We hear a lot about heart disease because it is common in humans, but did you know that it can also affect your pet? Both dogs and cats can also suffer from heart disease, which leads to congestive heart failure. Fortunately, pets can live for years with heart disease when receiving proper treatment. AERA wants all pet owners to be able to recognize the signs of heart disease as well as understand the disease.
Heart disease is the name for a variety of conditions that affect the heart. Heart disease can affect several aspects of the heart, including:
While congenital heart disease develops before birth, acquired heart disease is most common in middle to older age dogs and cats but can occur in all ages.
Preventative care is the best thing you can do for your pet. One easy way to prevent some forms of heart disease is to make sure your pet is always up-to-date with heartworm prevention. You will want to bring your pet into the veterinarian for an exam at least once a year until the age of about eight or so. However, after this point, you will want to start coming in for these physical exams at least twice a year. Catching heart disease early is the best way to prevent damage from heart disease.
While heart disease can feel like a scary prognosis because it can’t be cured, it is manageable. With the help of a veterinary cardiologist, your dog or cat can live a happy, healthy life.
The common symptoms of heart disease in cats and dogs include:
In cats, you will also notice that your cat has a tendency to hide when injured or ill. The same goes for cats with heart disease.
To be diagnosed, your veterinarian may need to perform several tests on your pet which may include blood and urine tests, auscultation (listen to the heart with a stethoscope), chest x-rays, an electrocardiogram (ECG), and/or an ultrasound (echocardiogram). These tests allow the veterinarian to assess the condition of the heart and determine what is going on in your pet.
If your pet is diagnosed with heart disease, you should take him or her in to see a veterinary cardiologist. In conjunction with your primary care veterinarian, a veterinary cardiologist can help develop a routine that will keep your pet at its healthiest. A recent study in dogs documented that those with congestive heart failure who see both a primary care veterinarian and a veterinary cardiologist live 75 percent longer than those who don’t get proper heart care.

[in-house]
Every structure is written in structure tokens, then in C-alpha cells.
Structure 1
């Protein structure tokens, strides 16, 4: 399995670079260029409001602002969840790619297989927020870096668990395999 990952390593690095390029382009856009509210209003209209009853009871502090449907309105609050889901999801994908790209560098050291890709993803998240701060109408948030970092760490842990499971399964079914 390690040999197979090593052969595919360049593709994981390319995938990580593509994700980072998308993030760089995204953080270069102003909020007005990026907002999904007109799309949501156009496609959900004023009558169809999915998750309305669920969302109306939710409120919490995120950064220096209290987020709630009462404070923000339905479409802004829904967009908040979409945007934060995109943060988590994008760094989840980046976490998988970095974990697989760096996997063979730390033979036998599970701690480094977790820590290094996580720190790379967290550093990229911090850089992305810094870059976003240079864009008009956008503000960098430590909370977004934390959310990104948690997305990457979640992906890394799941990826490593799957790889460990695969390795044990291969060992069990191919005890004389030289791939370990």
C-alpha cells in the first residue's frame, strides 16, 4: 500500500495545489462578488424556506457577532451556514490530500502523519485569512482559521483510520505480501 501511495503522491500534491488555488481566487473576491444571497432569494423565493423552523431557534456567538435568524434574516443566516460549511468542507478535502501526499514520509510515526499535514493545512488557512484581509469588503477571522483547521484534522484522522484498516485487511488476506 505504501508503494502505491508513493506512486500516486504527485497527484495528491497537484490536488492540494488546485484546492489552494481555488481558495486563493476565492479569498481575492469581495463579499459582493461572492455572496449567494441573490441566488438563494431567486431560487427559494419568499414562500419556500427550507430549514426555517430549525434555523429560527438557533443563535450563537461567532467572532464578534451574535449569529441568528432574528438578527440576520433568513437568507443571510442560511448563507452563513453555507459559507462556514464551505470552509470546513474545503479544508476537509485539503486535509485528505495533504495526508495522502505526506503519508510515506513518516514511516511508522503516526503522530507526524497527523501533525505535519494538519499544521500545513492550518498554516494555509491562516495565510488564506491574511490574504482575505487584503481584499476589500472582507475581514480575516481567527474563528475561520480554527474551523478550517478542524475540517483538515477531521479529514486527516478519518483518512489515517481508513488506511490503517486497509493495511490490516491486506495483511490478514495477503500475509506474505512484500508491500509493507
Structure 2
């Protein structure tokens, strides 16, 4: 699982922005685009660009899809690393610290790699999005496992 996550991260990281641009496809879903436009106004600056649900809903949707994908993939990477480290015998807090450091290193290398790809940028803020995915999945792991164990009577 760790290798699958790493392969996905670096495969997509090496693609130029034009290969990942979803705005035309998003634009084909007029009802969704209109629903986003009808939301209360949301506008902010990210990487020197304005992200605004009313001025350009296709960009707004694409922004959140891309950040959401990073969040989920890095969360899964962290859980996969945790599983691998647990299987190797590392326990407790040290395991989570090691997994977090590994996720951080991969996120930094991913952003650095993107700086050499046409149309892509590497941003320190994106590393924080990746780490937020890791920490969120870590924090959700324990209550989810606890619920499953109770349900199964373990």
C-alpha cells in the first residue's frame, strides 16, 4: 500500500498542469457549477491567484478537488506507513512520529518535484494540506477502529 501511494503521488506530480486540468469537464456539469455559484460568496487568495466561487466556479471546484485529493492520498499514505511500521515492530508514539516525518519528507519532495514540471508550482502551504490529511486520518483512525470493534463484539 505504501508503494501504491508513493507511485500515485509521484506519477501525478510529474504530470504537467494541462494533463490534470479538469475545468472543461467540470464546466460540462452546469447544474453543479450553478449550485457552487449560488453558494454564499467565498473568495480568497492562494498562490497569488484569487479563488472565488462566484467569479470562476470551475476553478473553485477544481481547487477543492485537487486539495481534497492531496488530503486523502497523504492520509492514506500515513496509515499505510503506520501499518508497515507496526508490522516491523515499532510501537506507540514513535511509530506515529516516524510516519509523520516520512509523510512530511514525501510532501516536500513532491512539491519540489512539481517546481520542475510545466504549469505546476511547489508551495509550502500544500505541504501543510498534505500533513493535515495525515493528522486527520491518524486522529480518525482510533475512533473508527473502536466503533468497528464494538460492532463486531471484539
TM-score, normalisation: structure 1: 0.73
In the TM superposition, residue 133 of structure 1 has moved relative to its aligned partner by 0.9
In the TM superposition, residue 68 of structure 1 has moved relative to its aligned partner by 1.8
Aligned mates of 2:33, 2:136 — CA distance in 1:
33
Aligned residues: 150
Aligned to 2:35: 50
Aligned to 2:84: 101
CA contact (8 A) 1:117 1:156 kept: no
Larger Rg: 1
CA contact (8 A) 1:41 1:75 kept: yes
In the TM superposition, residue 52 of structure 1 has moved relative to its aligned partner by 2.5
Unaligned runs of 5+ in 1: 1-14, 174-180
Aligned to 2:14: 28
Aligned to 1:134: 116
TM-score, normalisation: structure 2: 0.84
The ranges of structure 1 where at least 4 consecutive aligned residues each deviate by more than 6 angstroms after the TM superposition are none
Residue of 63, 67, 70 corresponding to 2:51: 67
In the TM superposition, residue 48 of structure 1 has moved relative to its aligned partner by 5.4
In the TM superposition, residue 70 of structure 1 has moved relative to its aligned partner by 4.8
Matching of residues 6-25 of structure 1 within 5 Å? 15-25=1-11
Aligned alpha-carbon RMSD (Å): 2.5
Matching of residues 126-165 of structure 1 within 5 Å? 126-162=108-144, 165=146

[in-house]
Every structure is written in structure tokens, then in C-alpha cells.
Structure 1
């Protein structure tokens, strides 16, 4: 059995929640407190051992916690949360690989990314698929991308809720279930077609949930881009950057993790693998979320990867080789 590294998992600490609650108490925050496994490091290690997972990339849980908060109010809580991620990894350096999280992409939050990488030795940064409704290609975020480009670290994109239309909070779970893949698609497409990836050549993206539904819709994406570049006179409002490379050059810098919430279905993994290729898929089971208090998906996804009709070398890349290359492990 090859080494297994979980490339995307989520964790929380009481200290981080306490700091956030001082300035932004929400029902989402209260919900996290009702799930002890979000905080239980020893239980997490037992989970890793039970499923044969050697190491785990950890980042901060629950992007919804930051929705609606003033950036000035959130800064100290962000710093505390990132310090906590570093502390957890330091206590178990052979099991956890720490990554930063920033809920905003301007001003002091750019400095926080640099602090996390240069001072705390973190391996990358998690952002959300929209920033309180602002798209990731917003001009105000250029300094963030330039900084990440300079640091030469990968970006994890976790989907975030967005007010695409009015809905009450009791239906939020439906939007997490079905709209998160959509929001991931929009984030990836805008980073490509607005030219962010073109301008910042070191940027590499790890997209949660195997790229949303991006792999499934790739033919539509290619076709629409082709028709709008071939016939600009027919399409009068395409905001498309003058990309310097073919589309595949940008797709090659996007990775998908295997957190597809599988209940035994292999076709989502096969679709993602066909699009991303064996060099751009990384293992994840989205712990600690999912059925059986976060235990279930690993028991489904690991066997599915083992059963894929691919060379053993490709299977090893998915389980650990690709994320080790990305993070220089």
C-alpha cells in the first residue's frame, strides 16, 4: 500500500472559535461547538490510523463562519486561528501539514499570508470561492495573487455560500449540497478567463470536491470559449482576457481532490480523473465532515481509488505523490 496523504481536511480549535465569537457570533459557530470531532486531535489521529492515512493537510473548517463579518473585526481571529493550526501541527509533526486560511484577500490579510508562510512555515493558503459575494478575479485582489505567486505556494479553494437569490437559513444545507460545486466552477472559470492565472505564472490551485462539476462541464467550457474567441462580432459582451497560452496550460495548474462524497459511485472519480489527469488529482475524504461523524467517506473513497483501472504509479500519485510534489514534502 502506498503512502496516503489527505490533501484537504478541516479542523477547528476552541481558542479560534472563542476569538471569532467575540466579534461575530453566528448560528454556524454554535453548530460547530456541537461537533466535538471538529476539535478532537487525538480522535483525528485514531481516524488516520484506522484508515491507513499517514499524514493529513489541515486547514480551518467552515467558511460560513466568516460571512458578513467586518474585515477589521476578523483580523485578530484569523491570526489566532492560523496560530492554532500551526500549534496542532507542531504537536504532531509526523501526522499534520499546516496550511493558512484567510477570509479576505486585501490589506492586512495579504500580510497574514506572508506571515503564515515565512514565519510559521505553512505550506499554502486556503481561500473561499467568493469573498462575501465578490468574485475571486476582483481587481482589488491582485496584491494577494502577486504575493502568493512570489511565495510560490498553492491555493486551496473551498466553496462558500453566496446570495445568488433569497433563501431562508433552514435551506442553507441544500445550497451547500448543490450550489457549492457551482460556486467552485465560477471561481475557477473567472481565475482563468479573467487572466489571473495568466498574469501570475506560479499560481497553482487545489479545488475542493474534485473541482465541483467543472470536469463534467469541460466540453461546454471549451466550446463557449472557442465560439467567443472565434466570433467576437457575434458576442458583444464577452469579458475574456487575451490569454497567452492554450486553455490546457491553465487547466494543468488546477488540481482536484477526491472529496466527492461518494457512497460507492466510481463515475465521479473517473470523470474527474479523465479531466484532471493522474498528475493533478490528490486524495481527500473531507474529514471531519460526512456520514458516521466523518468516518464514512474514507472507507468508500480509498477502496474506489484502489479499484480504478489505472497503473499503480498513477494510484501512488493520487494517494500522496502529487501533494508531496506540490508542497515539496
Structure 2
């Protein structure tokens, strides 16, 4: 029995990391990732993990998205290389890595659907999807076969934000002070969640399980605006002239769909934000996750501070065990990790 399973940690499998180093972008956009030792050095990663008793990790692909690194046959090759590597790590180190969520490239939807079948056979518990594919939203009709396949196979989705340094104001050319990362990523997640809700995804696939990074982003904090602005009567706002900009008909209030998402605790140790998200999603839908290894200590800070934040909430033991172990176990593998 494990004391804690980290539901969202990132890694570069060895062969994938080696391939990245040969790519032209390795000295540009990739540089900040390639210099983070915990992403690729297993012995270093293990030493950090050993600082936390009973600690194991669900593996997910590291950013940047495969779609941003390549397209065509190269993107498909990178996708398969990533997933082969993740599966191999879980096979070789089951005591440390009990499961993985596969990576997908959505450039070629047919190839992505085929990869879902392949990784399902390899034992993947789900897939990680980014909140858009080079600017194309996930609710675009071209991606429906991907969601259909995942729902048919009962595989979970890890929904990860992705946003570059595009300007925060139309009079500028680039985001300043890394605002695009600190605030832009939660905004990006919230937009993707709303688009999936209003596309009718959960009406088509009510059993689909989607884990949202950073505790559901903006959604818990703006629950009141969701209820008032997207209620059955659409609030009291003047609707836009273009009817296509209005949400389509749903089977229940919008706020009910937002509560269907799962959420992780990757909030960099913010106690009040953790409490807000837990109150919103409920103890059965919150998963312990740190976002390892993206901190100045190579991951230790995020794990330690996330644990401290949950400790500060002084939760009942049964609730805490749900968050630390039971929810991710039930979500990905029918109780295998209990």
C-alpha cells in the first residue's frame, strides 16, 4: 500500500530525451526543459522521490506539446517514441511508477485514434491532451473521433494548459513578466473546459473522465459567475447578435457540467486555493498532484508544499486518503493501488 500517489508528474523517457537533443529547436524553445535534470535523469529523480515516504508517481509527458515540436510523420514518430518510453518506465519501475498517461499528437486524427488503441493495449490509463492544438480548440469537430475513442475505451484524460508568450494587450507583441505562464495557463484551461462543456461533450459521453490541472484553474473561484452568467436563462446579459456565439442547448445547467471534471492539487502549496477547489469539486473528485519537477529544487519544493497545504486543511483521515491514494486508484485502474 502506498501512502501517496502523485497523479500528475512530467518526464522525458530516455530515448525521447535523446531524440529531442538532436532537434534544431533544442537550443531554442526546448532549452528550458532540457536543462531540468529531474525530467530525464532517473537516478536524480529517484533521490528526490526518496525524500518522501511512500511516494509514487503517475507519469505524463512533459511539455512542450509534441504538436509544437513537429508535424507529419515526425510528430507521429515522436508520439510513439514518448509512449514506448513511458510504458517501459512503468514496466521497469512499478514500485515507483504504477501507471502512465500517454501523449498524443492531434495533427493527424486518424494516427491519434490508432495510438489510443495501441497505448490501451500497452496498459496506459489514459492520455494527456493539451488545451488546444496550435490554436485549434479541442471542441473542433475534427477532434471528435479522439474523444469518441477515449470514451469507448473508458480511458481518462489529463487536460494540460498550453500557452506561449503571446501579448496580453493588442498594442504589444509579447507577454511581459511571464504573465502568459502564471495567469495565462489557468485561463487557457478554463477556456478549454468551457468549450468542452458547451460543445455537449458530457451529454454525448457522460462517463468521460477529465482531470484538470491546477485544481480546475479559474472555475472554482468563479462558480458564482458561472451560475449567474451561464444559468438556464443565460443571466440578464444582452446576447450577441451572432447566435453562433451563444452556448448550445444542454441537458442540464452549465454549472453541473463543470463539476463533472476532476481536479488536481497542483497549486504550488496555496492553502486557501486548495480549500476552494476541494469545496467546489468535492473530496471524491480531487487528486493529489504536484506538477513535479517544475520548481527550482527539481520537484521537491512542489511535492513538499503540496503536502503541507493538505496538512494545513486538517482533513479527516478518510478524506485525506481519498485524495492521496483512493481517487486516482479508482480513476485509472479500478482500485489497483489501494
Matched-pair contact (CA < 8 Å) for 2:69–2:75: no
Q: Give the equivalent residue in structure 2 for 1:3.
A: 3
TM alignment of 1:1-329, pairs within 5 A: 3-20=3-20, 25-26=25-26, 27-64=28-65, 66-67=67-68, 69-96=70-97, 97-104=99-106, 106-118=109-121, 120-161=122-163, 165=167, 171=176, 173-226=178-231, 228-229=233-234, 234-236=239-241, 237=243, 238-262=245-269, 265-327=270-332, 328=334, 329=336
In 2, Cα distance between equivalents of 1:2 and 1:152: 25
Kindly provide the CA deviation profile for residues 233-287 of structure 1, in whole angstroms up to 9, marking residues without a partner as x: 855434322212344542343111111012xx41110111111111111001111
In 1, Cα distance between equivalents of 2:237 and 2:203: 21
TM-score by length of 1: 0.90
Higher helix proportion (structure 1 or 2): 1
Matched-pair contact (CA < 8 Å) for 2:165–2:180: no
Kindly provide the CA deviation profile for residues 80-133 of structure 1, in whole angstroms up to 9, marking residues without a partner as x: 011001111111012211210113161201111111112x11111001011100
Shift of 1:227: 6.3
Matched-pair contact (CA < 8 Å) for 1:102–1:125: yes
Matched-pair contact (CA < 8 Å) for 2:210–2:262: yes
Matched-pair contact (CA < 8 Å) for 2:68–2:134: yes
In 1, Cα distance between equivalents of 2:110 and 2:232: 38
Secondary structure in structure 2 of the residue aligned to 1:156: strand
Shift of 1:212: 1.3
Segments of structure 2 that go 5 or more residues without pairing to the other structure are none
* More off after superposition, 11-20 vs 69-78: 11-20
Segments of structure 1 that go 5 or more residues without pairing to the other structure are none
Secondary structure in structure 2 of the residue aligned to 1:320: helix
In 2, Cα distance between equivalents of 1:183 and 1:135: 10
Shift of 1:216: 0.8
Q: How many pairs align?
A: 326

Since heart disease can’t be cured, it is important to get your pet on a regimen approved by a veterinary cardiologist. Often, a veterinarian will want to switch your dog or cat to food that is low in sodium to help reduce fluid build-up in the heart. Your pet’s cardiologist may also give you a list of approved treats and human foods that are safe for your dog or cat.
Along with diet, your veterinary cardiologist might recommend medications and supplements. Angiotensin-converting enzyme inhibitors (ACE inhibitors) can help improve symptoms of heart disease.
Like with most other diseases, certain breeds of cats and dogs are more susceptible to heart disease than others.
Have two lists two most common forms of heart disease are chronic valvular disease and primary heart muscle disease
The most common forms of heart disease are chronic valvular disease and primary heart muscle disease.
Dog breeds that are the most prone to chronic valvular disease include:
Dog breeds that are most prone to heart disease include:
In cats, hypertrophic cardiomyopathy is the most common form of heart disease. Cat breeds most likely to be affected by heart disease include:
If your dog or cat has been diagnosed with any form of heart disease, working closely with a veterinary cardiologist can improve quality of life and even lengthen the projected lifespan. AERA’s cardiology team has seen many cases of heart disease. Every pet is different, so treatment plans are different for all pets.
If you live in the Fairfield, New Jersey area and you’re looking for a board-certified cardiologist for your pet call AERA today at 973-788-0500. We would love to make an appointment for you to speak with our experienced cardiologist.